Is privatisation the only way to save our lakes?

How can we protect and preserve our lakes? Who should protect and preserve our lakes? And is the “development” and privatisation of the restoration and maintenance of lakes in the guise of “public-private partnership” the solution?

These are obviously important questions at a time when public spaces are vanishing and the “State” is being quickly reduced to a real estate broker, taking land from here and giving it to private parties there.

And those questions are staring us in the face as the Lake Development Authority (LDA) in its infinite wisdom has awarded a contract to East India Hotels, the parent body of the Oberoi Group, to restore and develop the five-century old Hebbal Lake in Bangalore that has sustained farmers, fishing communities, cattle herders, washermen, casual workers, not to speak of tourists and sight seers.

For just Rs 72 lakh a year, the 150-acre water body—that’s roughly 6,750,000 square feet—will now be at the disposal of the Oberois, who will build a cafeteria, a floating restaurant, a children’s park, a handicrafts and gifts centre, a statue, and a medical centre. The lake will be fenced, and entry will be charged at Rs 20 per head.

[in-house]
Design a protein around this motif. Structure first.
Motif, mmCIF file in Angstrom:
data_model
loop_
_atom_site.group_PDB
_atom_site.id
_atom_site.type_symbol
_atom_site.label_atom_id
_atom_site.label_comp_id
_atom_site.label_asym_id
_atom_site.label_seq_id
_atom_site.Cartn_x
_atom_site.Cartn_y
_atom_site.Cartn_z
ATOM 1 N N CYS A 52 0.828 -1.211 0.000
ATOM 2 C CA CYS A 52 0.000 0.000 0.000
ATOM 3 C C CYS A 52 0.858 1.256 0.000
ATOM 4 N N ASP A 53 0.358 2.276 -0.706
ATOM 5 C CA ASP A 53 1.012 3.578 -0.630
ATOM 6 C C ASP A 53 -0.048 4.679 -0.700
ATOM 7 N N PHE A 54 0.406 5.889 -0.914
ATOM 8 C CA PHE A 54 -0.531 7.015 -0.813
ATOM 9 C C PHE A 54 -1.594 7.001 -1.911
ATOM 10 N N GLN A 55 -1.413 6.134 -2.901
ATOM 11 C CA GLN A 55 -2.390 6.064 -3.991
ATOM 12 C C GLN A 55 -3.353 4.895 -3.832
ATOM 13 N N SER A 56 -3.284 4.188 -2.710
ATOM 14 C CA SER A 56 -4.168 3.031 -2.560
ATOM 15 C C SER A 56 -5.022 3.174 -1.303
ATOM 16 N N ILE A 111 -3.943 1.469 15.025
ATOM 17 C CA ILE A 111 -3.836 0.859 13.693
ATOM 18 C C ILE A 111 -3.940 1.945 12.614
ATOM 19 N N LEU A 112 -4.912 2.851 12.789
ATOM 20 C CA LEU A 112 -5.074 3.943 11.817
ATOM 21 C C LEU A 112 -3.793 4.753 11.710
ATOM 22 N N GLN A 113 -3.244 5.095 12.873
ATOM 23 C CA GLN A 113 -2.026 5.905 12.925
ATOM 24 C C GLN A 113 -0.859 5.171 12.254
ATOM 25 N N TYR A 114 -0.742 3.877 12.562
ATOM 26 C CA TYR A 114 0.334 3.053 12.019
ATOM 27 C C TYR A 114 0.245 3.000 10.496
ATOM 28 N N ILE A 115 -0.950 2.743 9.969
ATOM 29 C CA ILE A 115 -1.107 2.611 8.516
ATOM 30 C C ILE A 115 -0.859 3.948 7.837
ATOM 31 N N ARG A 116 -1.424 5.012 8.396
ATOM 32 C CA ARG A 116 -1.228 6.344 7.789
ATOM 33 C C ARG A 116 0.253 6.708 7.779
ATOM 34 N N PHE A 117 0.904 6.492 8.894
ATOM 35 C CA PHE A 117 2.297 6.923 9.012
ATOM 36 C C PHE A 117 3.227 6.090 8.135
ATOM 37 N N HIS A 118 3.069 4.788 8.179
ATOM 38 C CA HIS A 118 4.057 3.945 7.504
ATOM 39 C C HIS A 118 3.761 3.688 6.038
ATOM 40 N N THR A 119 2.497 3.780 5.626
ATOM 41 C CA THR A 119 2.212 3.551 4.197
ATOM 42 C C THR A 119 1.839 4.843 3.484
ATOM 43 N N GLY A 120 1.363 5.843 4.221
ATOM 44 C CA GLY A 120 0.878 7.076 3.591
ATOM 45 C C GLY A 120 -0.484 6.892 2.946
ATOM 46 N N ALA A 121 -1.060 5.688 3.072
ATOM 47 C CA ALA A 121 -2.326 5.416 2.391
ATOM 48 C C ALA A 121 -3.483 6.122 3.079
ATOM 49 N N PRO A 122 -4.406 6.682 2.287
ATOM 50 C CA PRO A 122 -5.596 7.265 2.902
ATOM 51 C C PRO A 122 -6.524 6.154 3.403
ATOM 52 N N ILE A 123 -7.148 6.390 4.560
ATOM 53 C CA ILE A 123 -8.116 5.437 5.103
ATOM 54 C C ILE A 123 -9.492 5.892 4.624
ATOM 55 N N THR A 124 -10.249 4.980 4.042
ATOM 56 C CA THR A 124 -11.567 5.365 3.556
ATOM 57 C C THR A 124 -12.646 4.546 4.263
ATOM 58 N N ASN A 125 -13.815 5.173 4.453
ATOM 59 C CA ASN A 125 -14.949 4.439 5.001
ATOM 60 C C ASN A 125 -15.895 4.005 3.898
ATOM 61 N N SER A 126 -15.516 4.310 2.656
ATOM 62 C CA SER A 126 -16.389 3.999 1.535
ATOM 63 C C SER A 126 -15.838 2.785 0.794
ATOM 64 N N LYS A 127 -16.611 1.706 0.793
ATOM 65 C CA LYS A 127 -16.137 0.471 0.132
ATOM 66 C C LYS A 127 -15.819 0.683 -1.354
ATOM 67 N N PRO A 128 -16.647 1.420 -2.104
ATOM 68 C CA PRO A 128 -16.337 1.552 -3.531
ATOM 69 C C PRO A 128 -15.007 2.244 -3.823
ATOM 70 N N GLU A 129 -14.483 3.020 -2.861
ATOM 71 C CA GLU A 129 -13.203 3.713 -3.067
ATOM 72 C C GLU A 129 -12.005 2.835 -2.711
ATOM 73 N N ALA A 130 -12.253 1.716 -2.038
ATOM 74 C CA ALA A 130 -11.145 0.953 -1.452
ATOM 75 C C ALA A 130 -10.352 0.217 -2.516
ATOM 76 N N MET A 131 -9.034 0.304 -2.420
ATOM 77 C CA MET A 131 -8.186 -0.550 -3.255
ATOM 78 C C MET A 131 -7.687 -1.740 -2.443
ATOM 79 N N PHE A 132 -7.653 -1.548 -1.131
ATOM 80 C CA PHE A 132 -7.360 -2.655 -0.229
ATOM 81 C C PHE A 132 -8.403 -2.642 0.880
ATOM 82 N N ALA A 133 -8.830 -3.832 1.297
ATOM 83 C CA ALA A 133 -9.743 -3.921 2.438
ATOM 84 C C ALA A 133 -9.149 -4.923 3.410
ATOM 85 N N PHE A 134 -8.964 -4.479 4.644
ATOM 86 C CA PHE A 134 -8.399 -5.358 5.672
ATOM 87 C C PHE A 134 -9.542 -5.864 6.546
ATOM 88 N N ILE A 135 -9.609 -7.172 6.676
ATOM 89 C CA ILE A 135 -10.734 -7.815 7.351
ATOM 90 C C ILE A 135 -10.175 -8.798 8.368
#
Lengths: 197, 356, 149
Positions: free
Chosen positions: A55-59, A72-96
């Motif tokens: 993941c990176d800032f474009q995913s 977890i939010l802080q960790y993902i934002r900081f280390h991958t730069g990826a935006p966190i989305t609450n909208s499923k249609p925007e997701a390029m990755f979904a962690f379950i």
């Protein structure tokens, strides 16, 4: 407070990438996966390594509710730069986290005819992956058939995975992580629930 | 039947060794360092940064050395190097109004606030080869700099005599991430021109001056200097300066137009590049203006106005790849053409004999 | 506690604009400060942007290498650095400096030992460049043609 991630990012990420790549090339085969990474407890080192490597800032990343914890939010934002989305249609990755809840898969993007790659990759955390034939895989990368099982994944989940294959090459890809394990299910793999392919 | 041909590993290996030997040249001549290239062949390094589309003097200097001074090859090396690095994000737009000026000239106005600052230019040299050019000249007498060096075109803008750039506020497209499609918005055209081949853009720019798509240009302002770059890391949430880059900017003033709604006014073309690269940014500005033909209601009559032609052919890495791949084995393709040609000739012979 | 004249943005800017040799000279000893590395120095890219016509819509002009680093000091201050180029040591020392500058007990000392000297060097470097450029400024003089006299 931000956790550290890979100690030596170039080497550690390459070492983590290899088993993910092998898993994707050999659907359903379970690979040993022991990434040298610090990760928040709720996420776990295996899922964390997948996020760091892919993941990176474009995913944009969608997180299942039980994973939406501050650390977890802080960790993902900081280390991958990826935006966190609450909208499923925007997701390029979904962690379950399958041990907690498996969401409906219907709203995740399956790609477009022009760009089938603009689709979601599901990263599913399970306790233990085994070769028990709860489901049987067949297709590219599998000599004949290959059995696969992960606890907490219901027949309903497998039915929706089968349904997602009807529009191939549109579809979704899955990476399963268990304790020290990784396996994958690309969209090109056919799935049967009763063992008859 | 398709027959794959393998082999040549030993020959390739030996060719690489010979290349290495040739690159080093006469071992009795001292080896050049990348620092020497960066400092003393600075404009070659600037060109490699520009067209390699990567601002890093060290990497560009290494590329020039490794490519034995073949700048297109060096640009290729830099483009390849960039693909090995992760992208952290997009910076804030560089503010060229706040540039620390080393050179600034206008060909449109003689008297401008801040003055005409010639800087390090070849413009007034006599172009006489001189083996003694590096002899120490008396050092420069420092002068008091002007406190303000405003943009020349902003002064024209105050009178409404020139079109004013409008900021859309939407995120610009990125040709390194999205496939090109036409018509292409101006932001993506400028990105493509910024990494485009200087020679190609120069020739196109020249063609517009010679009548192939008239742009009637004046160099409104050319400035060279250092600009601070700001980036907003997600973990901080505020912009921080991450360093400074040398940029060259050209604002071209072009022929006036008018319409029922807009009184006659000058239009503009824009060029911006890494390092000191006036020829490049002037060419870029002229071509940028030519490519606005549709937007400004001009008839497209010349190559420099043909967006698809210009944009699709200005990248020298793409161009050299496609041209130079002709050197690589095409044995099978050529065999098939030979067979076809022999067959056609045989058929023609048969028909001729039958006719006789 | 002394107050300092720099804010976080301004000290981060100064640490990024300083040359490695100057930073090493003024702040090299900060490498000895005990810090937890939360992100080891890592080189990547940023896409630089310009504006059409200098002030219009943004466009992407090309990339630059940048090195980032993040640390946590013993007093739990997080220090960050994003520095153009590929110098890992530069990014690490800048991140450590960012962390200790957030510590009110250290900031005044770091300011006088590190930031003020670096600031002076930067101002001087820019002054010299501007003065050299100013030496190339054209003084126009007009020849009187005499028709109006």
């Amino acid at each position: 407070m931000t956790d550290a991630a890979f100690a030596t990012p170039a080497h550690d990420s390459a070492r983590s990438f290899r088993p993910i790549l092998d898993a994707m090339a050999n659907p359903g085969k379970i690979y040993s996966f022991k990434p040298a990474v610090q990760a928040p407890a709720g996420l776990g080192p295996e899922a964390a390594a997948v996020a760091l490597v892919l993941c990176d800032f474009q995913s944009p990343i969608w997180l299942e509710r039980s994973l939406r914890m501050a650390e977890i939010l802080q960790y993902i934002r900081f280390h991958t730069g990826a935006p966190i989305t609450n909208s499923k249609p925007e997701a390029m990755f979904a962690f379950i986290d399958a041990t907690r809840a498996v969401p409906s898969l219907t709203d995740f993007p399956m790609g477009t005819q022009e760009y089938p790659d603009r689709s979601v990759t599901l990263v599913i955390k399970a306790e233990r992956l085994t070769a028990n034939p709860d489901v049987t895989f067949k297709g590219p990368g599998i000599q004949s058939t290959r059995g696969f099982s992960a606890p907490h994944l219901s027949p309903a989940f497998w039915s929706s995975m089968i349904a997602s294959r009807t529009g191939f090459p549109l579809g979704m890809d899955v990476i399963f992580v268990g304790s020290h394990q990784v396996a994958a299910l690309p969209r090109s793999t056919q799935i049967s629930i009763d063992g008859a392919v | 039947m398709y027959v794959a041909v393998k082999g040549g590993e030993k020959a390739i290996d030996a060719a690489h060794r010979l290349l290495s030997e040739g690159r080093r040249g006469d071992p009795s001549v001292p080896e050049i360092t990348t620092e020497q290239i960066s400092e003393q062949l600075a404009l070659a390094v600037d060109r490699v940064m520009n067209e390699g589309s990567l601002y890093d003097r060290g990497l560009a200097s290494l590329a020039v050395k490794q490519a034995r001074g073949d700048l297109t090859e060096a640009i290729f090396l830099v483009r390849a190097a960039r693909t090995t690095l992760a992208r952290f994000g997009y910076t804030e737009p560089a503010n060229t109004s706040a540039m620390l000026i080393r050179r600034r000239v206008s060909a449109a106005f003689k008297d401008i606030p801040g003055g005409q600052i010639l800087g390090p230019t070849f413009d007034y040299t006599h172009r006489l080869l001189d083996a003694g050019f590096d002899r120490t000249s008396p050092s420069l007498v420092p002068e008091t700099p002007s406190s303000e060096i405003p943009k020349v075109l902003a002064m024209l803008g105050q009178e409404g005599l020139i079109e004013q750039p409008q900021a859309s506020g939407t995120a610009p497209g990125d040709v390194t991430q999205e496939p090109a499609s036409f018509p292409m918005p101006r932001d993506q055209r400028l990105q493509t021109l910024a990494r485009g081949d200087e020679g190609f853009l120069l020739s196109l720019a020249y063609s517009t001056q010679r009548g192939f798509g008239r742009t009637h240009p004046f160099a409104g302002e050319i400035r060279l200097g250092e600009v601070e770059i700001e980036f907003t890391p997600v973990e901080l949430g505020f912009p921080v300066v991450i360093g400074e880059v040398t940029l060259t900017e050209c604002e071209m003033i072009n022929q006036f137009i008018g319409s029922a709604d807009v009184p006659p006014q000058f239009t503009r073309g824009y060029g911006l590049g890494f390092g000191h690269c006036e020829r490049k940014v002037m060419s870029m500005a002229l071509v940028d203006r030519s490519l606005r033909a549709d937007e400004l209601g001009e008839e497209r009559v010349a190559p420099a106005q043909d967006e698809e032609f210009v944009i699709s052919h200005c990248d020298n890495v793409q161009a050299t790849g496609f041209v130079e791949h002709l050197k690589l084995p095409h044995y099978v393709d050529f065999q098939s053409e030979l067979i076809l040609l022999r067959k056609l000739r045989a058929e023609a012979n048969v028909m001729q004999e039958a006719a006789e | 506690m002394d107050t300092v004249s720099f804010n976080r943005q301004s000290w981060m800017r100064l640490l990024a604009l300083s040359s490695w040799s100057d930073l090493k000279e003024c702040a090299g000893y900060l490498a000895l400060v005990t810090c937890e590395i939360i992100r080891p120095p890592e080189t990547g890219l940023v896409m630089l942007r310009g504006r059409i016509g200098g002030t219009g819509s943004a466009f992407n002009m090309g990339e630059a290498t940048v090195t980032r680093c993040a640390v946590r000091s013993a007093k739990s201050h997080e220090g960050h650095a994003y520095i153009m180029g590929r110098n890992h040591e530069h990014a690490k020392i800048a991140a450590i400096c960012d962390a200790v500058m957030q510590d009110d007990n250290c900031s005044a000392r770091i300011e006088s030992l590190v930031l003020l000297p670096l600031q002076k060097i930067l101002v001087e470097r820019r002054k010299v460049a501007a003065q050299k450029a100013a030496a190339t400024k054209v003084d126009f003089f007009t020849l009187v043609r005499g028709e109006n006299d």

All this in the name of saving the lake.

Is this the best way of saving Hebbal Lake or is a prime piece of public property being gobbled up in front of our lives? Is building monstrosities in a city of monstrosities the way forward? Is restricting entry by pricing admission the way to save the lake? Will the Oberois save the lake or kill it?


Students of the Mallya Aditi International School, Bangalore are taking lead and organizing a candle light vigil on Saturday, August 4, 2007 at 6:30 p.m to save the Hebbal Lake. All you need to bring is candles and sense of care to save the lake.